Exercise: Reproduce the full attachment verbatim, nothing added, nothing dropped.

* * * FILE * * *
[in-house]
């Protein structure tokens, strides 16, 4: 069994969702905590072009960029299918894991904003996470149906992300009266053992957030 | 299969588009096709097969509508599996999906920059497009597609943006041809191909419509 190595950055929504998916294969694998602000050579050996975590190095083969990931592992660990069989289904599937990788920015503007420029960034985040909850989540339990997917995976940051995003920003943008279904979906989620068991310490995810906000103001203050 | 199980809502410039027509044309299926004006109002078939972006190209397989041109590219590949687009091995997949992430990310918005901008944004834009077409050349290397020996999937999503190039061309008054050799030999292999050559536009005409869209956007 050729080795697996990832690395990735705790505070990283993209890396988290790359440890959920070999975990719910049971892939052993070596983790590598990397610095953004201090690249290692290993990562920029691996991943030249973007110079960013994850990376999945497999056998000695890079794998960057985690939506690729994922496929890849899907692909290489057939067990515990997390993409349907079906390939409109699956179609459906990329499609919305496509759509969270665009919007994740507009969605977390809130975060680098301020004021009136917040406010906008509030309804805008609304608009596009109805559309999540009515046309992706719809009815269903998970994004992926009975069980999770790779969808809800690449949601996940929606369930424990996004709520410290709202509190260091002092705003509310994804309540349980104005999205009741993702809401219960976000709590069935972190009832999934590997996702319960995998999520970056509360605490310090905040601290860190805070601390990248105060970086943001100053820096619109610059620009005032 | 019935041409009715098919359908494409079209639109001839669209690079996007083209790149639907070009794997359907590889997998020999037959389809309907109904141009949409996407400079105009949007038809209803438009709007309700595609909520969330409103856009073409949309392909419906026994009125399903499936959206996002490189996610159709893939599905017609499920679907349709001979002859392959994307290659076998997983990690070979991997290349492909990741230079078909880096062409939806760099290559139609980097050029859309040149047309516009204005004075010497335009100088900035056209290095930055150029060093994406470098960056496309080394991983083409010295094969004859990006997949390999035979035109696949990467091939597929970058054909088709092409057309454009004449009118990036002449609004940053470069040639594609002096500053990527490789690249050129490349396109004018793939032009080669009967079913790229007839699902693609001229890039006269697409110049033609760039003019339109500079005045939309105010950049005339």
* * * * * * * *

[in-house]
């Protein structure tokens, strides 16, 4: 069994969702905590072009960029299918894991904003996470149906992300009266053992957030 | 299969588009096709097969509508599996999906920059497009597609943006041809191909419509 190595950055929504998916294969694998602000050579050996975590190095083969990931592992660990069989289904599937990788920015503007420029960034985040909850989540339990997917995976940051995003920003943008279904979906989620068991310490995810906000103001203050 | 199980809502410039027509044309299926004006109002078939972006190209397989041109590219590949687009091995997949992430990310918005901008944004834009077409050349290397020996999937999503190039061309008054050799030999292999050559536009005409869209956007 050729080795697996990832690395990735705790505070990283993209890396988290790359440890959920070999975990719910049971892939052993070596983790590598990397610095953004201090690249290692290993990562920029691996991943030249973007110079960013994850990376999945497999056998000695890079794998960057985690939506690729994922496929890849899907692909290489057939067990515990997390993409349907079906390939409109699956179609459906990329499609919305496509759509969270665009919007994740507009969605977390809130975060680098301020004021009136917040406010906008509030309804805008609304608009596009109805559309999540009515046309992706719809009815269903998970994004992926009975069980999770790779969808809800690449949601996940929606369930424990996004709520410290709202509190260091002092705003509310994804309540349980104005999205009741993702809401219960976000709590069935972190009832999934590997996702319960995998999520970056509360605490310090905040601290860190805070601390990248105060970086943001100053820096619109610059620009005032 | 019935041409009715098919359908494409079209639109001839669209690079996007083209790149639907070009794997359907590889997998020999037959389809309907109904141009949409996407400079105009949007038809209803438009709007309700595609909520969330409103856009073409949309392909419906026994009125399903499936959206996002490189996610159709893939599905017609499920679907349709001979002859392959994307290659076998997983990690070979991997290349492909990741230079078909880096062409939806760099290559139609980097050029859309040149047309516009204005004075010497335009100088900035056209290095930055150029060093994406470098960056496309080394991983083409010295094969004859990006997949390999035979035109696949990467091939597929970058054909088709092409057309454009004449009118990036002449609004940053470069040639594609002096500053990527490789690249050129490349396109004018793939032009080669009967079913790229007839699902693609001229890039006269697409110049033609760039003019339109500079005045939309105010950049005339």